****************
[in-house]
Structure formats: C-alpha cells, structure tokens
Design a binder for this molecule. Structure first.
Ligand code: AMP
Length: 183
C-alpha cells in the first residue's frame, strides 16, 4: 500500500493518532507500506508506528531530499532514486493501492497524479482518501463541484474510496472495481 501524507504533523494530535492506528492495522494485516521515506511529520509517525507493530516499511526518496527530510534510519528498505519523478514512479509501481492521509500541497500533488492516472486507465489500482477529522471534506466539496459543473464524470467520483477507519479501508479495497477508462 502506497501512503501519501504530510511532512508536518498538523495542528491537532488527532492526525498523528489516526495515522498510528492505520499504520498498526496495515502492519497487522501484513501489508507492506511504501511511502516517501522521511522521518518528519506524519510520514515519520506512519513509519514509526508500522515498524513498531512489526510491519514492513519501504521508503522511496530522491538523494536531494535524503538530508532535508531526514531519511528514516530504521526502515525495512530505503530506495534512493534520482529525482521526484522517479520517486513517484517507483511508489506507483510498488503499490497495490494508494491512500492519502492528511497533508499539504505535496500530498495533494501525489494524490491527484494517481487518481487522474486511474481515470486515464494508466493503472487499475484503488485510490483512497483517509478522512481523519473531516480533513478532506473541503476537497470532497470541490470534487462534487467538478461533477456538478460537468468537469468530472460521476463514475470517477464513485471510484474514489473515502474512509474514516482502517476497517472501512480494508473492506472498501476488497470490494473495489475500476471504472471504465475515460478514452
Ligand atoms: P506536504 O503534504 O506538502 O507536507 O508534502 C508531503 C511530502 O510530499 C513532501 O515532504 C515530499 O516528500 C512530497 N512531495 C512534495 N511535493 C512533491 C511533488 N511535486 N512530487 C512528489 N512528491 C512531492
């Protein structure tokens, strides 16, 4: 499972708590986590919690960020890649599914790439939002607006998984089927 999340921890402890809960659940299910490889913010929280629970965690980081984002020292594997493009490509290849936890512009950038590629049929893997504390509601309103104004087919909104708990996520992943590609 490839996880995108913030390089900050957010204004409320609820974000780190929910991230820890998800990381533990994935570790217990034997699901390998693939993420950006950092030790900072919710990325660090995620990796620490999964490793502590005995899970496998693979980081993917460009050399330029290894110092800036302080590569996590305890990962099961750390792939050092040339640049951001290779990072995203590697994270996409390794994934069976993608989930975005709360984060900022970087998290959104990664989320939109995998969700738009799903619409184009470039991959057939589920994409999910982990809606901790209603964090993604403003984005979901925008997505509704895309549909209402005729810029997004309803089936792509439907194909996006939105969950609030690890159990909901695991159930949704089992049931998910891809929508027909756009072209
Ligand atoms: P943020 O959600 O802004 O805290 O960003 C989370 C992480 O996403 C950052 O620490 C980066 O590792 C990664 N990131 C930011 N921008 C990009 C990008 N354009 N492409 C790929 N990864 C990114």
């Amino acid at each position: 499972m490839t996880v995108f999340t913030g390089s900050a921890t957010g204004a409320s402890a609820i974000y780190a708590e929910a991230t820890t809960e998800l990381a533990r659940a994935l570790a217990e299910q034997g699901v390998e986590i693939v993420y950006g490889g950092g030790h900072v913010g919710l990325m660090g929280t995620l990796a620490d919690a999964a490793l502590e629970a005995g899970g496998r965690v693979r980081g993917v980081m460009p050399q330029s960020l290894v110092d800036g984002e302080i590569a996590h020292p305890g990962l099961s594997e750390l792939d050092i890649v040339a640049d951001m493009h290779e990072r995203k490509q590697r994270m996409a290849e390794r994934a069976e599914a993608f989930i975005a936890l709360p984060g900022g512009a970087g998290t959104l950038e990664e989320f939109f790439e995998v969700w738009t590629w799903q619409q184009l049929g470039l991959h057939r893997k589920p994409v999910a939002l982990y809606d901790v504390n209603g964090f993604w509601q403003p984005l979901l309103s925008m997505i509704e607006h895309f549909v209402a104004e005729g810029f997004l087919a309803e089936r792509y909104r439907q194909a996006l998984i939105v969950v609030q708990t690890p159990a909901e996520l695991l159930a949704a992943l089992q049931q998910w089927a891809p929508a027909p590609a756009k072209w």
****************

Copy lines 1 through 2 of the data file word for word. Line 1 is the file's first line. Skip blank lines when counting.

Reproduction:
[in-house]
Structure formats: C-alpha cells, structure tokens